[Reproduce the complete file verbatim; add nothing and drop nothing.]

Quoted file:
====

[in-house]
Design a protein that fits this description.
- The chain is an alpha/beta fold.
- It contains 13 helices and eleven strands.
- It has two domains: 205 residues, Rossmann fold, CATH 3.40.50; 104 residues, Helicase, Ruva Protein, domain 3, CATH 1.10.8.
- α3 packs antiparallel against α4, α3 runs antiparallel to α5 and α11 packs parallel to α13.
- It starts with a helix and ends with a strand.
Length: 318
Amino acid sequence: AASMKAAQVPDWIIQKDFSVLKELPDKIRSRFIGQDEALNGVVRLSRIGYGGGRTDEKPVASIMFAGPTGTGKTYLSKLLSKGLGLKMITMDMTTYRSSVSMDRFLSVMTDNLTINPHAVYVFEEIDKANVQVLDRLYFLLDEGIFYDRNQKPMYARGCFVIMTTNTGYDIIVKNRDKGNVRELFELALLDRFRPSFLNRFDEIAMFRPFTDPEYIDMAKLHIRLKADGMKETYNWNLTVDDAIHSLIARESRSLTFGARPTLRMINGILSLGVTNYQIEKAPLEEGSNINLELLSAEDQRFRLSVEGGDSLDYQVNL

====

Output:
[in-house]
Design a protein that fits this description.
- The chain is an alpha/beta fold.
- It contains 13 helices and eleven strands.
- It has two domains: 205 residues, Rossmann fold, CATH 3.40.50; 104 residues, Helicase, Ruva Protein, domain 3, CATH 1.10.8.
- α3 packs antiparallel against α4, α3 runs antiparallel to α5 and α11 packs parallel to α13.
- It starts with a helix and ends with a strand.
Length: 318
Amino acid sequence: AASMKAAQVPDWIIQKDFSVLKELPDKIRSRFIGQDEALNGVVRLSRIGYGGGRTDEKPVASIMFAGPTGTGKTYLSKLLSKGLGLKMITMDMTTYRSSVSMDRFLSVMTDNLTINPHAVYVFEEIDKANVQVLDRLYFLLDEGIFYDRNQKPMYARGCFVIMTTNTGYDIIVKNRDKGNVRELFELALLDRFRPSFLNRFDEIAMFRPFTDPEYIDMAKLHIRLKADGMKETYNWNLTVDDAIHSLIARESRSLTFGARPTLRMINGILSLGVTNYQIEKAPLEEGSNINLELLSAEDQRFRLSVEGGDSLDYQVNL